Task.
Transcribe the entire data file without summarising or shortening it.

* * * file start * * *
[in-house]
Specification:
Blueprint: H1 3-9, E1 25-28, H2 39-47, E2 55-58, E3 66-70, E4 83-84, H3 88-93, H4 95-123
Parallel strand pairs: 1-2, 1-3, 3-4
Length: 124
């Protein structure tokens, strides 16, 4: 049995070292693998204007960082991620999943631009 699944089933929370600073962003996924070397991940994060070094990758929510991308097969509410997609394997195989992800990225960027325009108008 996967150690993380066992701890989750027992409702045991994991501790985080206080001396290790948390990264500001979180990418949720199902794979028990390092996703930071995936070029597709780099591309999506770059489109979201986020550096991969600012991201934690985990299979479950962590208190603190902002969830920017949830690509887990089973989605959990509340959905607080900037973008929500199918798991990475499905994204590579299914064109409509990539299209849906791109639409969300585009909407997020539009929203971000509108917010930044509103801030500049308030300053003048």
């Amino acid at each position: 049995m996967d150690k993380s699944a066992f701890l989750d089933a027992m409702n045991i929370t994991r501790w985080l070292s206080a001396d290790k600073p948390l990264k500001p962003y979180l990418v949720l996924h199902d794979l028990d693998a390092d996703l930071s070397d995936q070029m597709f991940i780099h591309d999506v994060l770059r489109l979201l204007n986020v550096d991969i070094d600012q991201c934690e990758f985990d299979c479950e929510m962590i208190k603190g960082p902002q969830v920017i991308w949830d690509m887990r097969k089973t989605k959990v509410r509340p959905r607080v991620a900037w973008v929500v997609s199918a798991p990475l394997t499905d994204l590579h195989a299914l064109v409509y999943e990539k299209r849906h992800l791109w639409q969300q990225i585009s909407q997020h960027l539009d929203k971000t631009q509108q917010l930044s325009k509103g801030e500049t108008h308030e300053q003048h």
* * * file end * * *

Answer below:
[in-house]
Specification:
Blueprint: H1 3-9, E1 25-28, H2 39-47, E2 55-58, E3 66-70, E4 83-84, H3 88-93, H4 95-123
Parallel strand pairs: 1-2, 1-3, 3-4
Length: 124
């Protein structure tokens, strides 16, 4: 049995070292693998204007960082991620999943631009 699944089933929370600073962003996924070397991940994060070094990758929510991308097969509410997609394997195989992800990225960027325009108008 996967150690993380066992701890989750027992409702045991994991501790985080206080001396290790948390990264500001979180990418949720199902794979028990390092996703930071995936070029597709780099591309999506770059489109979201986020550096991969600012991201934690985990299979479950962590208190603190902002969830920017949830690509887990089973989605959990509340959905607080900037973008929500199918798991990475499905994204590579299914064109409509990539299209849906791109639409969300585009909407997020539009929203971000509108917010930044509103801030500049308030300053003048």
């Amino acid at each position: 049995m996967d150690k993380s699944a066992f701890l989750d089933a027992m409702n045991i929370t994991r501790w985080l070292s206080a001396d290790k600073p948390l990264k500001p962003y979180l990418v949720l996924h199902d794979l028990d693998a390092d996703l930071s070397d995936q070029m597709f991940i780099h591309d999506v994060l770059r489109l979201l204007n986020v550096d991969i070094d600012q991201c934690e990758f985990d299979c479950e929510m962590i208190k603190g960082p902002q969830v920017i991308w949830d690509m887990r097969k089973t989605k959990v509410r509340p959905r607080v991620a900037w973008v929500v997609s199918a798991p990475l394997t499905d994204l590579h195989a299914l064109v409509y999943e990539k299209r849906h992800l791109w639409q969300q990225i585009s909407q997020h960027l539009d929203k971000t631009q509108q917010l930044s325009k509103g801030e500049t108008h308030e300053q003048h």